Don’t let football blind you, because that’s what Penn State did. They willingly let themselves lose sight of of what actually happened to these children, and then somehow found a way to ignore it. Hate Penn State for what happened here all you want, but don’t forget why you feel the way you do. And it should have nothing to do with football.
The Greggster must have gotten what he was looking for, because his next comments on the matter were… get this.. a complete change in tone that went against what others were saying.
This week, the spotlight turned somewhat from Coach Paterno to former president Spanier, in the “what did he know, when did he know it, and why didn’t he act” line of thought. First, Doug Lesmerisies had eight observations regarding the Freeh Report/Penn State situation, including the following-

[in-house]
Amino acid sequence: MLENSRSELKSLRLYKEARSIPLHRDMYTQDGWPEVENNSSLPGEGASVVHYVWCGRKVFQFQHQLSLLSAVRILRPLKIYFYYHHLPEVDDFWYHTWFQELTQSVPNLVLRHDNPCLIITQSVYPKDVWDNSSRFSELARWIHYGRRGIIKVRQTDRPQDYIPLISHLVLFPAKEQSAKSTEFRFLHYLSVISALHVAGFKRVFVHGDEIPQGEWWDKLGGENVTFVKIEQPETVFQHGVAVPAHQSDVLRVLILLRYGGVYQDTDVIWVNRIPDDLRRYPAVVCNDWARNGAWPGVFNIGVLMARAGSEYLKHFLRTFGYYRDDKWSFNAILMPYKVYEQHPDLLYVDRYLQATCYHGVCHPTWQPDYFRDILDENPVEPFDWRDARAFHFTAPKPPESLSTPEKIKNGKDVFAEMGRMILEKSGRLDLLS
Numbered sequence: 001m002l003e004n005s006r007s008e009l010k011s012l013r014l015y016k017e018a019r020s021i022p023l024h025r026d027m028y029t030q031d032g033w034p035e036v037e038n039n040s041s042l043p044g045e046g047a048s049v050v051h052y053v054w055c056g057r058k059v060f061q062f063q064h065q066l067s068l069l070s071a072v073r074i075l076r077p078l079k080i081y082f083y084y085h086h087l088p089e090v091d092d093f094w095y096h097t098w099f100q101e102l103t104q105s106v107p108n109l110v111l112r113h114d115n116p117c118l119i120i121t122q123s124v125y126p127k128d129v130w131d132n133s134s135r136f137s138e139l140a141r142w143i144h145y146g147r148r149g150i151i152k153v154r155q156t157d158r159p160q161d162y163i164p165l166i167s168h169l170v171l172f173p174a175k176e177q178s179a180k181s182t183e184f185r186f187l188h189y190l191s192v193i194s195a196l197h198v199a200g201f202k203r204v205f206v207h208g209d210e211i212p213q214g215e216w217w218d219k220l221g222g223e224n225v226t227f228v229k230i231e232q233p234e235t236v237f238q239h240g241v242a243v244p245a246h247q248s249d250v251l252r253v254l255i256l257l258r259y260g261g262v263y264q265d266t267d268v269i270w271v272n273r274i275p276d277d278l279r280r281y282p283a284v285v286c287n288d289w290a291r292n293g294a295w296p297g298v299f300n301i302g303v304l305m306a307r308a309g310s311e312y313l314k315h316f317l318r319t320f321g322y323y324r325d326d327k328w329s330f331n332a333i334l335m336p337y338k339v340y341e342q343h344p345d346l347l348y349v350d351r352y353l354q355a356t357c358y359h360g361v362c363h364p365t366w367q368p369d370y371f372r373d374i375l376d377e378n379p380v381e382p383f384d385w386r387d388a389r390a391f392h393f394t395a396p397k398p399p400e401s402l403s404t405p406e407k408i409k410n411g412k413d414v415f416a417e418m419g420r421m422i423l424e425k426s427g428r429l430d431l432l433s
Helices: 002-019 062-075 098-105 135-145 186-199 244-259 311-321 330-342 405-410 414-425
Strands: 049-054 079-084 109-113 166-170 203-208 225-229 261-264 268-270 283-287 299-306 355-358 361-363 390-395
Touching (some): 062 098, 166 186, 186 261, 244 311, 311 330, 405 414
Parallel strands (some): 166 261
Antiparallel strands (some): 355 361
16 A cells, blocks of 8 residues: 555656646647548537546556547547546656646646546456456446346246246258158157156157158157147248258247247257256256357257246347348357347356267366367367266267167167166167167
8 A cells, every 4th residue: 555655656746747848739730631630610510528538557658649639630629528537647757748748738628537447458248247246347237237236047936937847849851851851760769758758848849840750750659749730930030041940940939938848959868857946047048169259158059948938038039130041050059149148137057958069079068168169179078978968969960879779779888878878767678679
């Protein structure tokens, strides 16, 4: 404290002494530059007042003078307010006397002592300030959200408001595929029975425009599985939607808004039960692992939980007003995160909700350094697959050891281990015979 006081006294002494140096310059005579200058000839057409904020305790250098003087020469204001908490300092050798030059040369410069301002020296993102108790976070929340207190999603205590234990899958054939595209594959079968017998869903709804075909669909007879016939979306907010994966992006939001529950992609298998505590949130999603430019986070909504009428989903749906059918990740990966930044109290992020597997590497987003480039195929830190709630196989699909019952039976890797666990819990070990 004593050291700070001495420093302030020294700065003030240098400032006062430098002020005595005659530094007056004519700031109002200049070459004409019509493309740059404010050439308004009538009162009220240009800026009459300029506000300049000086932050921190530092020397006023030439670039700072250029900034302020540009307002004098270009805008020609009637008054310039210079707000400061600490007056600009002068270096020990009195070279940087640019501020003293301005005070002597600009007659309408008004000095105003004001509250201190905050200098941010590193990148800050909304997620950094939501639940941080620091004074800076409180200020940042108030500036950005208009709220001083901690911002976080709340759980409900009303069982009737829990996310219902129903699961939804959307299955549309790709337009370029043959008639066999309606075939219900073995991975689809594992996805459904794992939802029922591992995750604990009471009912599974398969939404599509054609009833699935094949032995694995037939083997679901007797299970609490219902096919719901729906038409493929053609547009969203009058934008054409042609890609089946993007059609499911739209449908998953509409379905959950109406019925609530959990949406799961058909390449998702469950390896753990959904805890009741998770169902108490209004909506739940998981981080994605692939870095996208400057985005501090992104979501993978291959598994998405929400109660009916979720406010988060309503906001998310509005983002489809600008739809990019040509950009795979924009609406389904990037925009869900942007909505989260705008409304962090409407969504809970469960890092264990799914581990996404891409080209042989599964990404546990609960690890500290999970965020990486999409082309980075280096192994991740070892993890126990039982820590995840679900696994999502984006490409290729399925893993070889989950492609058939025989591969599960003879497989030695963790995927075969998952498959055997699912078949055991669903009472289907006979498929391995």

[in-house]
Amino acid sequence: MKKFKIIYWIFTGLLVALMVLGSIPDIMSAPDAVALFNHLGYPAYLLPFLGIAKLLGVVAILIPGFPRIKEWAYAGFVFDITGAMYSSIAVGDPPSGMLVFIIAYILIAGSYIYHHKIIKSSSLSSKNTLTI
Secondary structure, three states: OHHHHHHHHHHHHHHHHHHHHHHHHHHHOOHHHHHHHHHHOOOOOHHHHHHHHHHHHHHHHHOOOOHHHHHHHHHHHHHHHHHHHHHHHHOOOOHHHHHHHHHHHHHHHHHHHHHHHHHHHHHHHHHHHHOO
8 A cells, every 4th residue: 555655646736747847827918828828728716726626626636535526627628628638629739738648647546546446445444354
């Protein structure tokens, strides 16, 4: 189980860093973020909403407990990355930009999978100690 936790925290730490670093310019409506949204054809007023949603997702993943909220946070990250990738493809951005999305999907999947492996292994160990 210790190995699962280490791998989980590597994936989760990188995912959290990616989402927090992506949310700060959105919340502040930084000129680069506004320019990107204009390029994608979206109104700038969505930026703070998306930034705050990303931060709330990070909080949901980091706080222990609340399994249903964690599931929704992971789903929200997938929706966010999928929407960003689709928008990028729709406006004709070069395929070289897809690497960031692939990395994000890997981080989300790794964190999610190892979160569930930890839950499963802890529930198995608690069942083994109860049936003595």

I’m tired of college presidents acting like they’re powerless when it comes to major college sports.
They can block a football playoff for 100 years but they can’t control their coaches? Even if they make 10 or 20 percent of what their football coach makes, presidents have to stop being afraid of their employees. Do your jobs. Run your colleges. Don’t be your coach’s pal, or worse, his lackey. Be his boss.
The greatest message in this is to university leadership. Don’t be afraid to govern your sports. I’m not even sure university presidents should go to football games. If you’re a fan, can you be a leader?